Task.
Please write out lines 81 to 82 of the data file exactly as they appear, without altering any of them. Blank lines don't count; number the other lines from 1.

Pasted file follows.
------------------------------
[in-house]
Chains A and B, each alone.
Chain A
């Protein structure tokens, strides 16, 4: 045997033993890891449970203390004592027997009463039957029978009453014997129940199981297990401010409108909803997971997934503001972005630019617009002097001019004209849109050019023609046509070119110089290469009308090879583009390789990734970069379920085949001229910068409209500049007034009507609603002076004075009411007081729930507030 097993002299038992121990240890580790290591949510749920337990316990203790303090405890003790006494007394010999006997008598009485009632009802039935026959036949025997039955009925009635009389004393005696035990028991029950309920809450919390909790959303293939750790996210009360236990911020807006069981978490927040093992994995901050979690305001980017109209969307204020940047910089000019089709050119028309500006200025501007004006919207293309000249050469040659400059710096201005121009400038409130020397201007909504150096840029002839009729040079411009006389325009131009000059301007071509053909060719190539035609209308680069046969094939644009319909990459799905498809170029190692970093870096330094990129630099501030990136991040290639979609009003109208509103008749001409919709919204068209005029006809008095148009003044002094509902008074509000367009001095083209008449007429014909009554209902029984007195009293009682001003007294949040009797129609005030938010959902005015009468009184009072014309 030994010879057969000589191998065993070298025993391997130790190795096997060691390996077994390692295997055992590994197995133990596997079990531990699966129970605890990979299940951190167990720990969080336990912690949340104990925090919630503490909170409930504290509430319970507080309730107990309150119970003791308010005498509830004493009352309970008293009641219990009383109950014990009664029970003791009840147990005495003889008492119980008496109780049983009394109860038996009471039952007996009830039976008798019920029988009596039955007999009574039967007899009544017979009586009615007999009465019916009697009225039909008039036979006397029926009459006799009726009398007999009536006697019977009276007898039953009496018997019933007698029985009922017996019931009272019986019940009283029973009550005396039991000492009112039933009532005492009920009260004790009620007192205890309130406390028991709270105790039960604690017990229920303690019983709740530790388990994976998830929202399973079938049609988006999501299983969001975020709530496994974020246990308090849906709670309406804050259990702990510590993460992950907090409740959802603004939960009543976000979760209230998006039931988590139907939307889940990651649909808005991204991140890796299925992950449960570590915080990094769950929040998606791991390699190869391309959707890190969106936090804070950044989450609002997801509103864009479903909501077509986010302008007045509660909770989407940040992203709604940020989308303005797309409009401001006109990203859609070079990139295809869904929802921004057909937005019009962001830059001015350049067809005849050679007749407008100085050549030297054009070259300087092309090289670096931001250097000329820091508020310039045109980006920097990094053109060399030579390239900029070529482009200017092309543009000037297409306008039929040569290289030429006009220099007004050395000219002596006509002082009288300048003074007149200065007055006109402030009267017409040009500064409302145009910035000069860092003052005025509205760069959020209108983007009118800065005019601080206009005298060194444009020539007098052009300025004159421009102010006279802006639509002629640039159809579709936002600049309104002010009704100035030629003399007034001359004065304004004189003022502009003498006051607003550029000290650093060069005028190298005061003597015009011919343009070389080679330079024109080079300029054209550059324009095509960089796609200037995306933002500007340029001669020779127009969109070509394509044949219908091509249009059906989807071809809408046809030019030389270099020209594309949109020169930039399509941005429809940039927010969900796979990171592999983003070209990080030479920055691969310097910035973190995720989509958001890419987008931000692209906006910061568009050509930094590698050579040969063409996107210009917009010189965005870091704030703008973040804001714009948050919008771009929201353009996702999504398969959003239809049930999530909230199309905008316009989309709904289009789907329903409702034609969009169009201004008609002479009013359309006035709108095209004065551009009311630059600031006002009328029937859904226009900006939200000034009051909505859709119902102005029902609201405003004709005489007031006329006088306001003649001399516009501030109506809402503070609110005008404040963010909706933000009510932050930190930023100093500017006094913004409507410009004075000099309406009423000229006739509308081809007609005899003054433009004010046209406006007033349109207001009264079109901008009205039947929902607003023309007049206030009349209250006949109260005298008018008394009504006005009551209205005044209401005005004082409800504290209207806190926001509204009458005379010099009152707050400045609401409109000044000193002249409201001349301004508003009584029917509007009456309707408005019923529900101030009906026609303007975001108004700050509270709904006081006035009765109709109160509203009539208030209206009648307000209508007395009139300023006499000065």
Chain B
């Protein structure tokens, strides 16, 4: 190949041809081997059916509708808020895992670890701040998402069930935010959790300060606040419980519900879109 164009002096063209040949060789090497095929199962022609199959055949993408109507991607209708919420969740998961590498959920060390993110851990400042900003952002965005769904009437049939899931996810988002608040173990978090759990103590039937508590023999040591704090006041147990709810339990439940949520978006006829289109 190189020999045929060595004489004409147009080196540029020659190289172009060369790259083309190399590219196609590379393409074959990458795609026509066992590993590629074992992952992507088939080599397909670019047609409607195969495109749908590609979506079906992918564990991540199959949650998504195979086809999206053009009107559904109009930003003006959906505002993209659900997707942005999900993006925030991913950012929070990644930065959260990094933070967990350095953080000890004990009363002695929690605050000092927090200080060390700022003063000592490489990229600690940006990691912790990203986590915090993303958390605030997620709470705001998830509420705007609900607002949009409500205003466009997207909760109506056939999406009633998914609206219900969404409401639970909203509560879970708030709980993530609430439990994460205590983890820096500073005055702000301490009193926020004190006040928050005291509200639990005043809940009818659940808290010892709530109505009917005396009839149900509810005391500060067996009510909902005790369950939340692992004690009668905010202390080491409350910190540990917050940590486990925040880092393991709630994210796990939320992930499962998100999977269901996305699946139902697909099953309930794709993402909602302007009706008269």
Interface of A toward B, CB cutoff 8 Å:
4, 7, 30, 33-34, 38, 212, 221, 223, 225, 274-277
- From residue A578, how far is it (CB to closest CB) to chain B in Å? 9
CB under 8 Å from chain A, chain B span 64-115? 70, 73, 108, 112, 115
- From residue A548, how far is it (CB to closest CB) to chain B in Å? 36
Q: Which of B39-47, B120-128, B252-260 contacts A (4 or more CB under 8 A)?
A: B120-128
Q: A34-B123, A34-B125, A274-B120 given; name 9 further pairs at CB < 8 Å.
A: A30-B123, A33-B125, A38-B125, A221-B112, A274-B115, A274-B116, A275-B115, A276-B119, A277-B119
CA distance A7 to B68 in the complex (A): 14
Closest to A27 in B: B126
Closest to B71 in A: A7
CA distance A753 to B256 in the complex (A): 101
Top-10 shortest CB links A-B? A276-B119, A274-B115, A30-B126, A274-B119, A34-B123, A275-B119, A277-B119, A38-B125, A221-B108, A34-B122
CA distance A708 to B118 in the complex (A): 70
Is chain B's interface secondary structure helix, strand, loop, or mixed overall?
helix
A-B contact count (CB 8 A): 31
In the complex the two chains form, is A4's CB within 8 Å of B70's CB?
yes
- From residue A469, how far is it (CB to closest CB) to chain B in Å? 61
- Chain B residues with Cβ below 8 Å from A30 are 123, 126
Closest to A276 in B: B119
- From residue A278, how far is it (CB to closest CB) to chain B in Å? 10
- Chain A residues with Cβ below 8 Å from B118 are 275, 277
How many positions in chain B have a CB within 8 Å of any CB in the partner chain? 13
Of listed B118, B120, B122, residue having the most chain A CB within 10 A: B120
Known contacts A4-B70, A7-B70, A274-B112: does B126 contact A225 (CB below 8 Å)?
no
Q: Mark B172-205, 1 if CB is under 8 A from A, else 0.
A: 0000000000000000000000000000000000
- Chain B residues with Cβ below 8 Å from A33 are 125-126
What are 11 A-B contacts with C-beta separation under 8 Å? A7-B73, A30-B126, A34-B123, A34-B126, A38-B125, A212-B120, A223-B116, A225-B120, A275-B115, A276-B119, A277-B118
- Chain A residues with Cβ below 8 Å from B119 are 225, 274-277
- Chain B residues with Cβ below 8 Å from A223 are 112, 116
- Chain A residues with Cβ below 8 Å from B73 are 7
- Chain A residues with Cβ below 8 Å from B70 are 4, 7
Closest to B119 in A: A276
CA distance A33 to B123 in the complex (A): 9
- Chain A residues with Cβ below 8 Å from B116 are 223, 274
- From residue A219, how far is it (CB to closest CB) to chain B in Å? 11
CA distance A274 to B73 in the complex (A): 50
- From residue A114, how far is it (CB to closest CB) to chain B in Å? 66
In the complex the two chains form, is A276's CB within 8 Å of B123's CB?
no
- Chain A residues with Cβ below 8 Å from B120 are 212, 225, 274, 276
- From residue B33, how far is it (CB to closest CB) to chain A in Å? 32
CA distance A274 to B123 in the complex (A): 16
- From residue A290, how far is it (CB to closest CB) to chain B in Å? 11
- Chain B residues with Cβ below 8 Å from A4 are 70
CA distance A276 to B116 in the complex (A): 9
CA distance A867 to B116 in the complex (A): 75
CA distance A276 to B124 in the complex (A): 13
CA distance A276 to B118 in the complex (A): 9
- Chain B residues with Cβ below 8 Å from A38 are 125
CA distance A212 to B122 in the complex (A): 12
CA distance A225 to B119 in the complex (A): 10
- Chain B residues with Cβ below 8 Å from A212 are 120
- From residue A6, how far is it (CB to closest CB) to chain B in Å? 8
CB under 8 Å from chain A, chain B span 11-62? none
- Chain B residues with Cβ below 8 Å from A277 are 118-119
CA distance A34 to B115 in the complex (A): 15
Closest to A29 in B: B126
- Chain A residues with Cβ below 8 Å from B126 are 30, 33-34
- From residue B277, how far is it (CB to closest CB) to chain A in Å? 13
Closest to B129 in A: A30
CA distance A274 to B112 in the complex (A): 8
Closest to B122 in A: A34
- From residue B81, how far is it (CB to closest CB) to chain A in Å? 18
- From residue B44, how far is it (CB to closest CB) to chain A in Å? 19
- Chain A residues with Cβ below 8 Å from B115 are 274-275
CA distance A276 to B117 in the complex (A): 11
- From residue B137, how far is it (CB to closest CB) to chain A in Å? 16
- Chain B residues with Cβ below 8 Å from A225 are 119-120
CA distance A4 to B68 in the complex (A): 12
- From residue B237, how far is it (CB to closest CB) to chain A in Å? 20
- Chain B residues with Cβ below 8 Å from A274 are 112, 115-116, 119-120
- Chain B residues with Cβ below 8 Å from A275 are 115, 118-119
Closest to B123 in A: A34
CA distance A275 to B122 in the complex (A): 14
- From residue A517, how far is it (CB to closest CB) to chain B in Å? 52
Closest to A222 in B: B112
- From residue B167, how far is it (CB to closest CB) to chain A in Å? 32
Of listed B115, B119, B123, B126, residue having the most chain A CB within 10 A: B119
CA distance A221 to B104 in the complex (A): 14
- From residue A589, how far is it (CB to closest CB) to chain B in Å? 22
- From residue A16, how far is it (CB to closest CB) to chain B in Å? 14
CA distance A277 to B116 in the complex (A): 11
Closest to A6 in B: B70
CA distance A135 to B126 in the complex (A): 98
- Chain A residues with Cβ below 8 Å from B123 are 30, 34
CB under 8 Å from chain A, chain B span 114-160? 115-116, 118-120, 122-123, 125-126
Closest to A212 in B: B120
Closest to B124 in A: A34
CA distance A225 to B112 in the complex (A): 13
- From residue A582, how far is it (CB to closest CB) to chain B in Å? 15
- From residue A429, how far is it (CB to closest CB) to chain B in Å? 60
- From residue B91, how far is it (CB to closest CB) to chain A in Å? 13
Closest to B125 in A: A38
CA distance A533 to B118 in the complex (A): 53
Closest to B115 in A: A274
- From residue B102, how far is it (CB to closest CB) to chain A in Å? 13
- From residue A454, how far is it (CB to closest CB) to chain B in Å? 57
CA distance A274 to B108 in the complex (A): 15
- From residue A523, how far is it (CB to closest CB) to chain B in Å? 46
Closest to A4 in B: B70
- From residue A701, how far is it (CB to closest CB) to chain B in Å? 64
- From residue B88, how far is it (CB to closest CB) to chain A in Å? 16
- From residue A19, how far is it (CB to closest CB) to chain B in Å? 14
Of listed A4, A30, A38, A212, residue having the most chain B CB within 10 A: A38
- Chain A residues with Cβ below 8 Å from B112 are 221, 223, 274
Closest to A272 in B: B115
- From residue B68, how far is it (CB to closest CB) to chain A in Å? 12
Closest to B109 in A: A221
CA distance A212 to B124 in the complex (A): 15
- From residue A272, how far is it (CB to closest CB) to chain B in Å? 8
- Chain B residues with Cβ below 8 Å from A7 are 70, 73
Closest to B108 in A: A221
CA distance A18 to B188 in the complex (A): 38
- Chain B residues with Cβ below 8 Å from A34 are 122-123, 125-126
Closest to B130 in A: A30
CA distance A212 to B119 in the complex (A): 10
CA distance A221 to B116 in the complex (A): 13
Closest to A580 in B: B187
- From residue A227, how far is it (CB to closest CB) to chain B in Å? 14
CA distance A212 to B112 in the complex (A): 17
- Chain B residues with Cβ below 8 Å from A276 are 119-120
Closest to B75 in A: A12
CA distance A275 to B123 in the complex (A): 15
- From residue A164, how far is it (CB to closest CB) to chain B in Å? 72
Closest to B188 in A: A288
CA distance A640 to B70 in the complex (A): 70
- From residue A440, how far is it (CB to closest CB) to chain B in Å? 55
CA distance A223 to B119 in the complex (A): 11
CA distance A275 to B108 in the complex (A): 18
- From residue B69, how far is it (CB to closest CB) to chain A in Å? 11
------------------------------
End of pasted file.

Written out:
CA distance A4 to B68 in the complex (A): 12
- From residue B237, how far is it (CB to closest CB) to chain A in Å? 20